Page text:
April 30 (Bloomberg) -- German opposition to euro countries becoming responsible for each other’s debts is being tested by proposals for a program of European bill sales that would mirror the U.S. Treasury market.
Eurobills would be “a very good first step” toward common euro-region bonds, Olivier Blanchard, chief economist at the International Monetary Fund, said in Washington last week. Securities maturing in a year or less would pose “very little risk for the participating countries,” he said.
Euro-region countries are seeking to ease the debt crisis without lessening the pressure on profligate governments to curb deficits. Proposals for common bonds that would cut borrowing costs for countries such as Spain, where 10-year yields have held at about 6 percent for the past month, collide with German reluctance to transfer resources, and treaties that prevent member states from sharing their financial burdens.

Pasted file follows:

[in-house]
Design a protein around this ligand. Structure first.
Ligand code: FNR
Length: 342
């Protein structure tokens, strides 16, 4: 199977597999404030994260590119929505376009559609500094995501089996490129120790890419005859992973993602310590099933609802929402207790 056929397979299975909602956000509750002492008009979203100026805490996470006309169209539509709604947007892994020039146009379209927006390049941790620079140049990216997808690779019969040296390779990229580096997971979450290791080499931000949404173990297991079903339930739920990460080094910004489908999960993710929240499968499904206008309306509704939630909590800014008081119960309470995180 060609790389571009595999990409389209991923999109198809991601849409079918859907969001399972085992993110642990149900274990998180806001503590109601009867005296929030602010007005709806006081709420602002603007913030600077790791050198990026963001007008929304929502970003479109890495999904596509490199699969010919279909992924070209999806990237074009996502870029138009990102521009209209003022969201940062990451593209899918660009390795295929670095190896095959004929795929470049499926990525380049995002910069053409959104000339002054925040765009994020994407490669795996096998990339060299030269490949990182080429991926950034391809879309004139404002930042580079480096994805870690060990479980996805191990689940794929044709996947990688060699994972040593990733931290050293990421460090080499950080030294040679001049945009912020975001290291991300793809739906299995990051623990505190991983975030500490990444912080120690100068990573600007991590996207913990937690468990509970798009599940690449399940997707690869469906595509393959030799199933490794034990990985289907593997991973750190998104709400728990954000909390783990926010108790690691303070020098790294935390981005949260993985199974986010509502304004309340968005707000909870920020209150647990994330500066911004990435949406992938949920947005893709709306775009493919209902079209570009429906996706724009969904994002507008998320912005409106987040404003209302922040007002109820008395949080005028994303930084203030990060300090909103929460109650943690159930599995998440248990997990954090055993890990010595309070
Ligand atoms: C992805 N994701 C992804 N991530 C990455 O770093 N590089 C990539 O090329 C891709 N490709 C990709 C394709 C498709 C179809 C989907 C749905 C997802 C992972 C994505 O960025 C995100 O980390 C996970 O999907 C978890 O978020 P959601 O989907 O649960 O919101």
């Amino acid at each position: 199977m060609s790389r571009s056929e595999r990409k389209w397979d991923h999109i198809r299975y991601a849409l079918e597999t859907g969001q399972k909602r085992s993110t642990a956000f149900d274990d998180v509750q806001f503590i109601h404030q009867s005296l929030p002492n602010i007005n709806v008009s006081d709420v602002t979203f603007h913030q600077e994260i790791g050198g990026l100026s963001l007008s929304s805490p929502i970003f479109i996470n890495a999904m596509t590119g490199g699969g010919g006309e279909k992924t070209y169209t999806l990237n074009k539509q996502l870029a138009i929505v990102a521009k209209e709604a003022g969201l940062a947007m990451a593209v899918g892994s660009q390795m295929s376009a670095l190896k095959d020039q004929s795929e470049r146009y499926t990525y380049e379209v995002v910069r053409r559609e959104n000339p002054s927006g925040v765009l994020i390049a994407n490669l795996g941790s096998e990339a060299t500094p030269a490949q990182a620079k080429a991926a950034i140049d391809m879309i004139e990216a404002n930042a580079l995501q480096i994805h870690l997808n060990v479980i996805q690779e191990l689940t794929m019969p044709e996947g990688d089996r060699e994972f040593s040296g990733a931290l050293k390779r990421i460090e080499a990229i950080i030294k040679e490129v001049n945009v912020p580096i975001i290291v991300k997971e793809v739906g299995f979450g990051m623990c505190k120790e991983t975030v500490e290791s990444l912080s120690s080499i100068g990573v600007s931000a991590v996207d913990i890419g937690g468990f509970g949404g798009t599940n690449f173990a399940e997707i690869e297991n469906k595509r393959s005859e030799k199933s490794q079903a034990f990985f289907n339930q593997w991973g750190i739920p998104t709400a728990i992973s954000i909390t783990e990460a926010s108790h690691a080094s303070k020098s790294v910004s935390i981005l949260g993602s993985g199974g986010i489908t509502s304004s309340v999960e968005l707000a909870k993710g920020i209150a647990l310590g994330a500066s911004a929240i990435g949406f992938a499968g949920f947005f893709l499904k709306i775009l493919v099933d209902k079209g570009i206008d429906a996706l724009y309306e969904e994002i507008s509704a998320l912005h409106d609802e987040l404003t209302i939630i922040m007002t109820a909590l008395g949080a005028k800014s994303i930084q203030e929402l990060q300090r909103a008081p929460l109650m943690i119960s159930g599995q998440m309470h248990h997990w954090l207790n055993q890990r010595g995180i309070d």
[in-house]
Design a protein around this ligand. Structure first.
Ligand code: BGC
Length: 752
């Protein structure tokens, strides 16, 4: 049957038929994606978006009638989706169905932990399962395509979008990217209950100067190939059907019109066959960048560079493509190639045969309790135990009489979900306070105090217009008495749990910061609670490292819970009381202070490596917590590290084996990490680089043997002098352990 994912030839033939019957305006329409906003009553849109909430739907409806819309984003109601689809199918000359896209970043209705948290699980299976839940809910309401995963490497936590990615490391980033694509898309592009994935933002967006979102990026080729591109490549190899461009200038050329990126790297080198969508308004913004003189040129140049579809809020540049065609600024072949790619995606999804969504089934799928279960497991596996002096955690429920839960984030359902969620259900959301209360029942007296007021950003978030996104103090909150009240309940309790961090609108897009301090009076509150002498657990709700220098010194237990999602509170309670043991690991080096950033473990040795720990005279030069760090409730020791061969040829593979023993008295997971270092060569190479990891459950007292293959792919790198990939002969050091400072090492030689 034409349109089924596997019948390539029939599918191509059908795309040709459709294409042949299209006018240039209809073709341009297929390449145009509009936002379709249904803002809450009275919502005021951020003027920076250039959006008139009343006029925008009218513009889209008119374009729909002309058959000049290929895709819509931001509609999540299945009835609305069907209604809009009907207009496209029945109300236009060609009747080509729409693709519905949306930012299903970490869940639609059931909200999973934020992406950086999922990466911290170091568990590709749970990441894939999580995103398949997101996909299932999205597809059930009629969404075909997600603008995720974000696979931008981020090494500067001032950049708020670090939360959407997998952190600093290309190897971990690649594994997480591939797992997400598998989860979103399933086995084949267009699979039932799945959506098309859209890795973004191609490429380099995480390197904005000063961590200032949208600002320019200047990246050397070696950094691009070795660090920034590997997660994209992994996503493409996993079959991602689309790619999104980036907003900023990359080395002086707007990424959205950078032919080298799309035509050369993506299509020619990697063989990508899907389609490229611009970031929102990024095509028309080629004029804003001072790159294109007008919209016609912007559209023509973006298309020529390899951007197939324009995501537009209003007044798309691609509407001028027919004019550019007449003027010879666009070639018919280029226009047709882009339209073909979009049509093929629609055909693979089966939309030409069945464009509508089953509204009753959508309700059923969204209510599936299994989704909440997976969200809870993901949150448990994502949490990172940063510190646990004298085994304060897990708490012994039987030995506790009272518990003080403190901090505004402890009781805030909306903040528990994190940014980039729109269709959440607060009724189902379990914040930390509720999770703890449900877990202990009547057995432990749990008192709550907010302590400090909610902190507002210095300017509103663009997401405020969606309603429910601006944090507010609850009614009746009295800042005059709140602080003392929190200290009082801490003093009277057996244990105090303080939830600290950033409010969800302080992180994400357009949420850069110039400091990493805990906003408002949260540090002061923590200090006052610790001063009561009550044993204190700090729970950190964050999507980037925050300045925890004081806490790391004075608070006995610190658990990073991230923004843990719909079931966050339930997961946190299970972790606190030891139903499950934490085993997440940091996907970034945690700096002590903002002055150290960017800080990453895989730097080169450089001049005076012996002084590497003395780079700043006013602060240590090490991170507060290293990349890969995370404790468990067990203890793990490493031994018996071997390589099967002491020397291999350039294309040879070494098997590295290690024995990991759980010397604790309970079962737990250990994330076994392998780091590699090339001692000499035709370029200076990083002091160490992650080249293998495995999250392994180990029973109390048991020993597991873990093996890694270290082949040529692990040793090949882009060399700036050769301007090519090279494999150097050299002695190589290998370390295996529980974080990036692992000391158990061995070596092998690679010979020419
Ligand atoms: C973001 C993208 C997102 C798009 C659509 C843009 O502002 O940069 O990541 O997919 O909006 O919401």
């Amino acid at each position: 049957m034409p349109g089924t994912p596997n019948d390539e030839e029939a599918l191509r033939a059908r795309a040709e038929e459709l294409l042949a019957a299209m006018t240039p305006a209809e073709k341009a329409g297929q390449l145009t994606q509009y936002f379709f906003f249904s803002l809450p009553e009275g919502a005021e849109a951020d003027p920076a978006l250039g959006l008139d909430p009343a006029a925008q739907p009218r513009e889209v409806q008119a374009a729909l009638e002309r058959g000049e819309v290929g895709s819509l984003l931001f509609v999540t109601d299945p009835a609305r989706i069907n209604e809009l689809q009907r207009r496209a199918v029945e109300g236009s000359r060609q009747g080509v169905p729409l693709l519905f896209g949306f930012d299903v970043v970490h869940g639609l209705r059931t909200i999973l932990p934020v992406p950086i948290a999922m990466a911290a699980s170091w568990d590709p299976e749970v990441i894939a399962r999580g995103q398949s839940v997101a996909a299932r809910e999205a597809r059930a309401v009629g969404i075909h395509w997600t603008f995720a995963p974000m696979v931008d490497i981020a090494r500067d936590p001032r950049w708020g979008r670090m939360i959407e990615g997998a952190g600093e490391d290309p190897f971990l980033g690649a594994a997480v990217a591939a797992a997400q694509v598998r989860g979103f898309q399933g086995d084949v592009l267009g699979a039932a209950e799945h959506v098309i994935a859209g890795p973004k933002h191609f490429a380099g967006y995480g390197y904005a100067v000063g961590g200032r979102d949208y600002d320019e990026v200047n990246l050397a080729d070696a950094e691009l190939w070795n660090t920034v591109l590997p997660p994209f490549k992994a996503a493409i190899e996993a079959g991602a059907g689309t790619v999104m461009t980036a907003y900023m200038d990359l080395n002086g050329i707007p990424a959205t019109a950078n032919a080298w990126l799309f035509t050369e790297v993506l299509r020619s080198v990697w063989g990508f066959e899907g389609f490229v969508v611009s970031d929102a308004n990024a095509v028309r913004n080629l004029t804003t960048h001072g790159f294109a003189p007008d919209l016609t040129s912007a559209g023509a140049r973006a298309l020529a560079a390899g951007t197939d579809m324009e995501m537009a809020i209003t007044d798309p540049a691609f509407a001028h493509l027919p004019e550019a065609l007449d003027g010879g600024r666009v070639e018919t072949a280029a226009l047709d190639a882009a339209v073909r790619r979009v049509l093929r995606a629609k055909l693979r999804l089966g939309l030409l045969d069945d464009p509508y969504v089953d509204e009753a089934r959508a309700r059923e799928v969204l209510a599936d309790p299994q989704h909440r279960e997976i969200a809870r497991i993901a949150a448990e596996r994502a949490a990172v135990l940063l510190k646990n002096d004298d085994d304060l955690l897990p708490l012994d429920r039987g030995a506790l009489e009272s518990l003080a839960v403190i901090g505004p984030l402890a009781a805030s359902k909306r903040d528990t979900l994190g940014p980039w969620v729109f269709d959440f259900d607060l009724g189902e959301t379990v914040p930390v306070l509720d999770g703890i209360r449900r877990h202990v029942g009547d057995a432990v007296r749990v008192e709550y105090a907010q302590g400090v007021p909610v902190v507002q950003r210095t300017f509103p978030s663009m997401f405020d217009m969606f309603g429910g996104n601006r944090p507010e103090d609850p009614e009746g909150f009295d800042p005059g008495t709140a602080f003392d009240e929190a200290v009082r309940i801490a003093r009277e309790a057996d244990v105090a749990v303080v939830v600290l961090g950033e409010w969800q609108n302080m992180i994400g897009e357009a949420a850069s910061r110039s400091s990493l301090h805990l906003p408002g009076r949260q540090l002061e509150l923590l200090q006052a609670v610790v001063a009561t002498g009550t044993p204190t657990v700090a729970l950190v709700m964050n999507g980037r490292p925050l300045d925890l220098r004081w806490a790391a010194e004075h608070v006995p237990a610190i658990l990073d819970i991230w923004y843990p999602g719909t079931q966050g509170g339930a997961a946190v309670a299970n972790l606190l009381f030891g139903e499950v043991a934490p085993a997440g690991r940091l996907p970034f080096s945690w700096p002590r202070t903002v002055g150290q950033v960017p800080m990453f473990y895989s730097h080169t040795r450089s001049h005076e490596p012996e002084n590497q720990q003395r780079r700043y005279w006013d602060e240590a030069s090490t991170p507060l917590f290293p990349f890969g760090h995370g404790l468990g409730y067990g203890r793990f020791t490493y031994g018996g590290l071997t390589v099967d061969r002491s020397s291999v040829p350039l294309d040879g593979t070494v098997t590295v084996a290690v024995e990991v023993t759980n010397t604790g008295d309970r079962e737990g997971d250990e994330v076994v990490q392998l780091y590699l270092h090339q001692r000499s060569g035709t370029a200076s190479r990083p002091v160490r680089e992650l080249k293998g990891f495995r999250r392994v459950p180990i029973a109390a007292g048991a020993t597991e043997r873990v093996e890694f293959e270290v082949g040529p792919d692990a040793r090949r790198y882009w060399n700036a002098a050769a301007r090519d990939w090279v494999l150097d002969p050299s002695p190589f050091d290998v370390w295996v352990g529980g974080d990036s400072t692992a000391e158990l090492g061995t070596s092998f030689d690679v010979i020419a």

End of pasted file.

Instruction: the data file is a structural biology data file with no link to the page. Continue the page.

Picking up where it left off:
The Eurobills proposal put forward by Christian Hellwig, a professor at Toulouse School of Economics, and Thomas Philippon, an associate professor of finance at New York University’s Leonard N. Stern School of Business, calls for a European debt management office as the monopoly seller of euro-denominated bills. No euro nation would be allowed to have bills outstanding worth more than 10 percent of its gross domestic product, reflecting the relative size of the U.S. market.
“The idea is to transpose the U.S. Treasury market to the euro area,” Hellwig said in a telephone interview. “Will it help? Yes, absolutely. Does it solve everything? That’s not our claim.”
Yields on Spain’s 10-year bonds were little changed at 5.87 percent today, 4.2 percentage points more than the 1.68 percent yield on similar-maturity German notes. The average rate on bonds that are older than one year of euro countries is 3.49 percent, according to Bloomberg/European Federation of Financial Analyst Societies index data, compared with a 0.34 percent yield on German bills repayable in March 2013 and the 2.25 percent investors get for lending to Italy for the next year.
“The choice is becoming somewhat binary,” said Steven Major, global head of fixed-income research at HSBC Holdings Plc in London, who floated a similar proposal in a September paper. “Moving forward means taking steps toward a fiscal union and, in this regard, euro bills are a good place to start.”